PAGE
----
Herding Dogs as Pets

Fanciers explore whether herding dogs make good matches for pet owners.

By | Posted: Mon Nov 1 00:00:00 PST 2004

Page 1 of 5

"I want a Lassie dog," is a familiar utterance of pet people, and perhaps also of some active dog fanciers in their youth. The valiant acts of Lassie, and fellow herding colleagues on television, Rin Tin Tin and the Shaggy Dog, did much to boost the popularity of Herding breeds and dogs in general by portraying them as hard-working heroes, fiercely loyal to their humans.

The high intelligence and trainability of many Herding breeds endears them to pet people. But does the first-time owner really know what they're getting? How many are simply smitten with a breed's appearance and reputation for being smart, thinking they come that way in a neat little package?

To find out, I contacted parent club breeder referral officers for several Herding breeds. Those fanciers kind enough to respond on short notice provided a snapshot of their day-to-day experiences helping pet buyers understand the breed and its needs before directing them to reputable breeders.

Everyone interviewed for this piece exudes such passion for the referral task, devoting countless hours to counseling pet people patiently listening, then making that vital connectionone which directly affects their breed, as well as families across the nation. In a word, these folks are invaluable.

Each described the one thing they must constantly explain to pet people, as well as what constitutes an ideal home. In addition, respondents shared their secret to effectively dealing with pet people. Here's what they had to say:

Chris Machado
American Shetland Sheepdog Association

I handle the phone calls, which average 20 per week. Given the high volume of inquiries we have a separate club person to handle e-mails.

I spend a great deal of time explaining how important socialization is to owning a good pet Sheltie. Without it they can become shy. If these dogs don't get enough time, they will revert back to "herding" behavior. They'll back up when approached by a stranger, just as they would when guarding a flock. It says so right in the Sheltie standard: "not friendly to strangers." This is why it's incredibly important to socialize the breed at a very early ageso they are keen on being with people.When that is done, these dogs are so smart they'll do almost anything you want. The Sheltie breed, in that sense, is a good ambassador for dogs in general.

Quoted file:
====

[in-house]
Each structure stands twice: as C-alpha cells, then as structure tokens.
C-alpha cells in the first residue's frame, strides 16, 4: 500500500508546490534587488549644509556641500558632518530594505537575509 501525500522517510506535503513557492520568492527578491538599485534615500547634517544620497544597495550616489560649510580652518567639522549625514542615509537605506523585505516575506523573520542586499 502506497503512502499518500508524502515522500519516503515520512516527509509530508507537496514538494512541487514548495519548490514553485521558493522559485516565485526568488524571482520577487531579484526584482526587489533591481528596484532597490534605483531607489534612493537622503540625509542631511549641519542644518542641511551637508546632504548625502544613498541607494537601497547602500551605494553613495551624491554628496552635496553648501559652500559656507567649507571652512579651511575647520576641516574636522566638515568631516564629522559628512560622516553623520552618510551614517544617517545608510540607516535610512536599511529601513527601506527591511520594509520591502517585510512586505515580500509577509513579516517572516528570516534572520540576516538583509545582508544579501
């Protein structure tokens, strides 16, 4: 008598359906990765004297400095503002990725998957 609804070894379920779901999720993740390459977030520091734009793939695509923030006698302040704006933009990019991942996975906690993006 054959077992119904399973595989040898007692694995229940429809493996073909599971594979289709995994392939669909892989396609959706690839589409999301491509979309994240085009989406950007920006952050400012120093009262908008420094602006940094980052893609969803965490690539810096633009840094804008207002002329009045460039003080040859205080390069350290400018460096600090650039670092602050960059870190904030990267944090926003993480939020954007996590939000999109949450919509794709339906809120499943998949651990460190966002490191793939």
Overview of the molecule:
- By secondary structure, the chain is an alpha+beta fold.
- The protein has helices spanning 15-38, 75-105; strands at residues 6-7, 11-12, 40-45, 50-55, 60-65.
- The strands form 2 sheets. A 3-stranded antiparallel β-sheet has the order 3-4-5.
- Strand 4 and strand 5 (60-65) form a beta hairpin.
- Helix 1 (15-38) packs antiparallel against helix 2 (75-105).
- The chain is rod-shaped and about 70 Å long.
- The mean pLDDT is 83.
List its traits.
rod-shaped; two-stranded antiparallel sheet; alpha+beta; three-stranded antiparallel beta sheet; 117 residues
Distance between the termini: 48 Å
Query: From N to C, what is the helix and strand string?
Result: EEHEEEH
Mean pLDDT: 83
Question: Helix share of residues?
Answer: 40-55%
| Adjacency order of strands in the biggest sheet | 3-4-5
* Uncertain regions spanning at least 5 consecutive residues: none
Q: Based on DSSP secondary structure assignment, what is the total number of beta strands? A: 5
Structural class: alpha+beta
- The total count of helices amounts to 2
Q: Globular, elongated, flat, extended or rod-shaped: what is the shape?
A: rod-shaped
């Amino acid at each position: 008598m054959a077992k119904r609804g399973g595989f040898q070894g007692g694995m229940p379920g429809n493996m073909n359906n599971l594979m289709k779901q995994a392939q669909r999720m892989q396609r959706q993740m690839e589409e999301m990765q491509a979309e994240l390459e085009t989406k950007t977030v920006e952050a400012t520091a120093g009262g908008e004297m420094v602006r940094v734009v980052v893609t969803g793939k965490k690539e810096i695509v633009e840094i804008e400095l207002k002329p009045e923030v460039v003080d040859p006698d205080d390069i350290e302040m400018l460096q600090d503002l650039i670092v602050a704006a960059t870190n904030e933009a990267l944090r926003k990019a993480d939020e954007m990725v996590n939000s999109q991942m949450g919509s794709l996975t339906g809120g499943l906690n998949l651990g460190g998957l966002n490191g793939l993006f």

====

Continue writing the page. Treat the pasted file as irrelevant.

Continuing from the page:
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Joyce   Framingham, Massachusetts

7/1/2016 11:20:38 AM

I had a briard and he demonstrated his herding ability by keeping my new neighbors handicapped son from leaving their property. He was herding and barking until the boys mother came out to get her son. She said she was so grateful my briard keep her son from getting lost. My briard as a puppy would butt his head at my knees as he would have done when sheep herding.

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art   Galloway, New Jersey

1/28/2014 6:38:05 PM

I had a Briard. She was possibly the smartest dog I've ever encountered. Her herding instincts were obvious when her boy friend (a Golden Retreiver) got to close to our house. She put her shoulder against his chest and

guided him away from the house. She had a perimeter around the house that she would not tolerate other animals to penetrate. She was very good with people and had to greet and be acknowledged by every person nearing our house.

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amber   hilo, HI

8/12/2011 7:31:56 PM

good article

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Donna   Limington, ME

2/26/2008 11:55:05 AM

We love our herding dog!

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